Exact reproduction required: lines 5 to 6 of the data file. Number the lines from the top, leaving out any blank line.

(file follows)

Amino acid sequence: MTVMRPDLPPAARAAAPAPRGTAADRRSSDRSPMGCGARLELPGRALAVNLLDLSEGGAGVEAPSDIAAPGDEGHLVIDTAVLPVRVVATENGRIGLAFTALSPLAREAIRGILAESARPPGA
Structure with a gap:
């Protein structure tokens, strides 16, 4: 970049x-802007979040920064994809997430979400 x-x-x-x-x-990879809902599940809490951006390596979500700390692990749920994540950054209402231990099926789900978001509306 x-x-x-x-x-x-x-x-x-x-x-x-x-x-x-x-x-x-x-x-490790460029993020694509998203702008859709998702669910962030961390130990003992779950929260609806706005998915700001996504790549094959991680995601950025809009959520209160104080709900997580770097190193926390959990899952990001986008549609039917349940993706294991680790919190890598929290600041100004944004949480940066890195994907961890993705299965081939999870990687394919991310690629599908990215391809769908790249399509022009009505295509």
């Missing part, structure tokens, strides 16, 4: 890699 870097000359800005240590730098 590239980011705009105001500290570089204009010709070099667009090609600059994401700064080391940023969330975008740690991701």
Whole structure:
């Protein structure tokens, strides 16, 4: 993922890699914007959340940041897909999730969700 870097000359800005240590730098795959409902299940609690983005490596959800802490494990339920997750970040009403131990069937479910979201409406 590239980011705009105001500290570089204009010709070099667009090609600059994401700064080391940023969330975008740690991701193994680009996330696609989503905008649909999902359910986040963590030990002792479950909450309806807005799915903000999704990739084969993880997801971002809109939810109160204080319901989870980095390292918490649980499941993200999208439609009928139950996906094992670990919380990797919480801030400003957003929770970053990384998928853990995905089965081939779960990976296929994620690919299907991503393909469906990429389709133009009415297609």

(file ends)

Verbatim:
Whole structure:
């Protein structure tokens, strides 16, 4: 993922890699914007959340940041897909999730969700 870097000359800005240590730098795959409902299940609690983005490596959800802490494990339920997750970040009403131990069937479910979201409406 590239980011705009105001500290570089204009010709070099667009090609600059994401700064080391940023969330975008740690991701193994680009996330696609989503905008649909999902359910986040963590030990002792479950909450309806807005799915903000999704990739084969993880997801971002809109939810109160204080319901989870980095390292918490649980499941993200999208439609009928139950996906094992670990919380990797919480801030400003957003929770970053990384998928853990995905089965081939779960990976296929994620690919299907991503393909469906990429389709133009009415297609």